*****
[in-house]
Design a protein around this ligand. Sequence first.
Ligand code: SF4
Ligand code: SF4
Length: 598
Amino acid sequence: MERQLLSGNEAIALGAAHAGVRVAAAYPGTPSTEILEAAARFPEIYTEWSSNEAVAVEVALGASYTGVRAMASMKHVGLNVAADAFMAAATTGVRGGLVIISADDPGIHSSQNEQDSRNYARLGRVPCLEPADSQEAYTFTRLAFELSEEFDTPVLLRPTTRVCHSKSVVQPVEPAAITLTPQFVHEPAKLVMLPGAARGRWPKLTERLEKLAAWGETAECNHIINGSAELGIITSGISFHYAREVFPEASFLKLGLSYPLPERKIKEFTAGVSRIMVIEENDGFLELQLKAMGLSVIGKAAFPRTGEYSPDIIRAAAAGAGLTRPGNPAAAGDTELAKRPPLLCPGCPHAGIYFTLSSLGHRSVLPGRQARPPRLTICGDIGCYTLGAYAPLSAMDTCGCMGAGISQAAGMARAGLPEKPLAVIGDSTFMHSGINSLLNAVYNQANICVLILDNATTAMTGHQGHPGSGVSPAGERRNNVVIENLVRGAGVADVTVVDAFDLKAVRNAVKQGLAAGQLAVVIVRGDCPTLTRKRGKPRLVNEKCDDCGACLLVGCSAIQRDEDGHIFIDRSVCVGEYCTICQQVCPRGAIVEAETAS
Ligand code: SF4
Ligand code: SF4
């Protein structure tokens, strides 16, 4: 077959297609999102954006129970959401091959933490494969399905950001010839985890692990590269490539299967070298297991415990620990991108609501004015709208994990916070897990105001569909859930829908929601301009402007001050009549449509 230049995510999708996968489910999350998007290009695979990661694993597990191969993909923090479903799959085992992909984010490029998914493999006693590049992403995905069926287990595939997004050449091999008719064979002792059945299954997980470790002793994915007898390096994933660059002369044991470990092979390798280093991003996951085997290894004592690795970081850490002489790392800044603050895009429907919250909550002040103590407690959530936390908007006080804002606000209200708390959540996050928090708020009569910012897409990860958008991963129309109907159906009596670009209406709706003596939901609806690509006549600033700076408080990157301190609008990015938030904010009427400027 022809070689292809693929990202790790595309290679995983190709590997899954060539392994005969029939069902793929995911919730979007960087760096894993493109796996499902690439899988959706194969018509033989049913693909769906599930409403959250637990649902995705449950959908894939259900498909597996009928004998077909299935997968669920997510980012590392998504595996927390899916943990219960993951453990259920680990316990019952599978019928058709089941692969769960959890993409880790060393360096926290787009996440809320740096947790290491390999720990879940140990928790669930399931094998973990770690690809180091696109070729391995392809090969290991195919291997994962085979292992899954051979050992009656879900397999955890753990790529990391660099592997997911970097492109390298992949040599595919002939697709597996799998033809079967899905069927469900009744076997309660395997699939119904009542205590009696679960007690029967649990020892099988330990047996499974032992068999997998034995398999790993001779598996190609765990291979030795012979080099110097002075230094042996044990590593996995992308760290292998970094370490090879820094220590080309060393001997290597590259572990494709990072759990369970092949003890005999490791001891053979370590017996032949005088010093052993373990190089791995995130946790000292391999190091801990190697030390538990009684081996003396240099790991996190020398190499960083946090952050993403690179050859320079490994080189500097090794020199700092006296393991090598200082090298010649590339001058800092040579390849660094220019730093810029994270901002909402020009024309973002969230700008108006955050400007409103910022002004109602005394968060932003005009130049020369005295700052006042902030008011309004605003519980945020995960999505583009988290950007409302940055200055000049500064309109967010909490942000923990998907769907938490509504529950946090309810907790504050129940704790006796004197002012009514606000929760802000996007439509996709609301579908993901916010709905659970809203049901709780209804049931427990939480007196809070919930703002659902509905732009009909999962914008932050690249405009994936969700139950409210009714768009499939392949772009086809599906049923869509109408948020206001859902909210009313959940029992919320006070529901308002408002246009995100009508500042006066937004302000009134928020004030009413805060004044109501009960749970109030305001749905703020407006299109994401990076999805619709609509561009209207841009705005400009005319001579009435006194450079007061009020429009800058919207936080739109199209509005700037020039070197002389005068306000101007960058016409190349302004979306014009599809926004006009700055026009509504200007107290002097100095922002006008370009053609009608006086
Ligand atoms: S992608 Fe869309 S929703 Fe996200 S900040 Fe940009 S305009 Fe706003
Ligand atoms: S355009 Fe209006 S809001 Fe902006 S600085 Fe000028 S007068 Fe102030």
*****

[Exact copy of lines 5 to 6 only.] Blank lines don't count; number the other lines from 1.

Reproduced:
Length: 598
Amino acid sequence: MERQLLSGNEAIALGAAHAGVRVAAAYPGTPSTEILEAAARFPEIYTEWSSNEAVAVEVALGASYTGVRAMASMKHVGLNVAADAFMAAATTGVRGGLVIISADDPGIHSSQNEQDSRNYARLGRVPCLEPADSQEAYTFTRLAFELSEEFDTPVLLRPTTRVCHSKSVVQPVEPAAITLTPQFVHEPAKLVMLPGAARGRWPKLTERLEKLAAWGETAECNHIINGSAELGIITSGISFHYAREVFPEASFLKLGLSYPLPERKIKEFTAGVSRIMVIEENDGFLELQLKAMGLSVIGKAAFPRTGEYSPDIIRAAAAGAGLTRPGNPAAAGDTELAKRPPLLCPGCPHAGIYFTLSSLGHRSVLPGRQARPPRLTICGDIGCYTLGAYAPLSAMDTCGCMGAGISQAAGMARAGLPEKPLAVIGDSTFMHSGINSLLNAVYNQANICVLILDNATTAMTGHQGHPGSGVSPAGERRNNVVIENLVRGAGVADVTVVDAFDLKAVRNAVKQGLAAGQLAVVIVRGDCPTLTRKRGKPRLVNEKCDDCGACLLVGCSAIQRDEDGHIFIDRSVCVGEYCTICQQVCPRGAIVEAETAS